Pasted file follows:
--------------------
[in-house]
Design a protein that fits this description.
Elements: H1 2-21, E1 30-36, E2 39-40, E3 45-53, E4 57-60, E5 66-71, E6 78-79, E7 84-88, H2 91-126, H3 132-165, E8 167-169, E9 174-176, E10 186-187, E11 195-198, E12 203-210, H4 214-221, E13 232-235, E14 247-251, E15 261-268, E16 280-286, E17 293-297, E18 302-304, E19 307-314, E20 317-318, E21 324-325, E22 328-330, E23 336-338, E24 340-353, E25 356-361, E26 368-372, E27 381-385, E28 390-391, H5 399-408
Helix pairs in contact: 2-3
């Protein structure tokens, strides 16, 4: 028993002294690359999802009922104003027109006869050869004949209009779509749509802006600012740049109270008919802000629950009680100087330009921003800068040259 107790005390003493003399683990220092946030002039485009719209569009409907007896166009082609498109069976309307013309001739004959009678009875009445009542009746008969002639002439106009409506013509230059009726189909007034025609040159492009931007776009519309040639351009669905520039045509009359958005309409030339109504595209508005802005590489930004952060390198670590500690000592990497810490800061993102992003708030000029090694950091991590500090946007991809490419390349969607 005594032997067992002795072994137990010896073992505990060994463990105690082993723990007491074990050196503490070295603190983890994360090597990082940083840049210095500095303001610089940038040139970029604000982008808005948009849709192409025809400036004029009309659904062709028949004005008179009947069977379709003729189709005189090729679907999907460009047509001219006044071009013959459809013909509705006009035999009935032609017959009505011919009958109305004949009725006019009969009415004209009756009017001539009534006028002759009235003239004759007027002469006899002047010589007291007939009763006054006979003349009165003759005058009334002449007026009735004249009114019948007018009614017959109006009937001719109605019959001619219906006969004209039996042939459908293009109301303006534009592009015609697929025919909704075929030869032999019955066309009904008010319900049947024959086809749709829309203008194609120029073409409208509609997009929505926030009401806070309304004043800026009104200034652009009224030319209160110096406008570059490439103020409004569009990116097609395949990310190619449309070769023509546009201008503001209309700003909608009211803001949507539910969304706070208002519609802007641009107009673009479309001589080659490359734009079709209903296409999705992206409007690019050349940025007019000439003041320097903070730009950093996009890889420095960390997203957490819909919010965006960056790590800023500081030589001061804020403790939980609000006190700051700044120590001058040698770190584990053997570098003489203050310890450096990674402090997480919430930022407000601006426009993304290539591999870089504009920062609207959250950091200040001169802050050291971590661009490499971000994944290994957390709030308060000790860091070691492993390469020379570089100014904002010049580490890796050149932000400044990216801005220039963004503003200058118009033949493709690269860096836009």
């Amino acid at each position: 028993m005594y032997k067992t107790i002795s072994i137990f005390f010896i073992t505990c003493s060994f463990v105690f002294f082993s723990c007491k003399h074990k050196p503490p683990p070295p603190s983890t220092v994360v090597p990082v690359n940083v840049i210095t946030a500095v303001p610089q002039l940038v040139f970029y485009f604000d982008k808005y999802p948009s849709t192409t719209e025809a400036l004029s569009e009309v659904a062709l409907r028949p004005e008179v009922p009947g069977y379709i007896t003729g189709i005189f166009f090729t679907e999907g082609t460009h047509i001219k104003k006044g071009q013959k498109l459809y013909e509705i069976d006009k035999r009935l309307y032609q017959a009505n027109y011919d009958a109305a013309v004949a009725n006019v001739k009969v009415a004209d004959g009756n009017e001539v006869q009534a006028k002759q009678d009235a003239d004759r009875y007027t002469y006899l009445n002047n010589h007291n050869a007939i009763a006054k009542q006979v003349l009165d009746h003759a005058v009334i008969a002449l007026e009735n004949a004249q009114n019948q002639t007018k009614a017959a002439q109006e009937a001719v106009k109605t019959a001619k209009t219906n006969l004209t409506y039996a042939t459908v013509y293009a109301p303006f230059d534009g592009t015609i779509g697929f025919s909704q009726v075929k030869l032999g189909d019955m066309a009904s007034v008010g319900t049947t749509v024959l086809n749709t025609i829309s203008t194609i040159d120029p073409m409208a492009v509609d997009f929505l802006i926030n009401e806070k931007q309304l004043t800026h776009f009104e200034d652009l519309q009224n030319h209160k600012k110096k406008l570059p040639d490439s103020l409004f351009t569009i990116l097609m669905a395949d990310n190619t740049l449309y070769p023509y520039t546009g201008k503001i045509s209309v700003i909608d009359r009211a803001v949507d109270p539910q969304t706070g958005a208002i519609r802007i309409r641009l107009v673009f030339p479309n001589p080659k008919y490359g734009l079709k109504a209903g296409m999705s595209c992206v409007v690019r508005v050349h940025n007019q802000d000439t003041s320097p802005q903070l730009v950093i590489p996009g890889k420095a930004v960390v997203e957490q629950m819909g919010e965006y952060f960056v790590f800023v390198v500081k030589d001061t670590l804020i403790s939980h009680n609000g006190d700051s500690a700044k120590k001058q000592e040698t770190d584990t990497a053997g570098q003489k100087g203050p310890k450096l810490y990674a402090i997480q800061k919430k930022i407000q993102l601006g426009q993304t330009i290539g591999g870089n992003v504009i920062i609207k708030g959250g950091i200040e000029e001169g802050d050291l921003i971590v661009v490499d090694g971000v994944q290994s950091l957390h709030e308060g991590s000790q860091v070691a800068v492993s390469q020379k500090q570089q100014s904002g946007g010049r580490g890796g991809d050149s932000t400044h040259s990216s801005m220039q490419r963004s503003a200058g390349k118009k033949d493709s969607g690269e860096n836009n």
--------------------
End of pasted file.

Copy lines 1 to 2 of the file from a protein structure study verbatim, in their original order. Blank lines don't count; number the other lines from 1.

[in-house]
Design a protein that fits this description.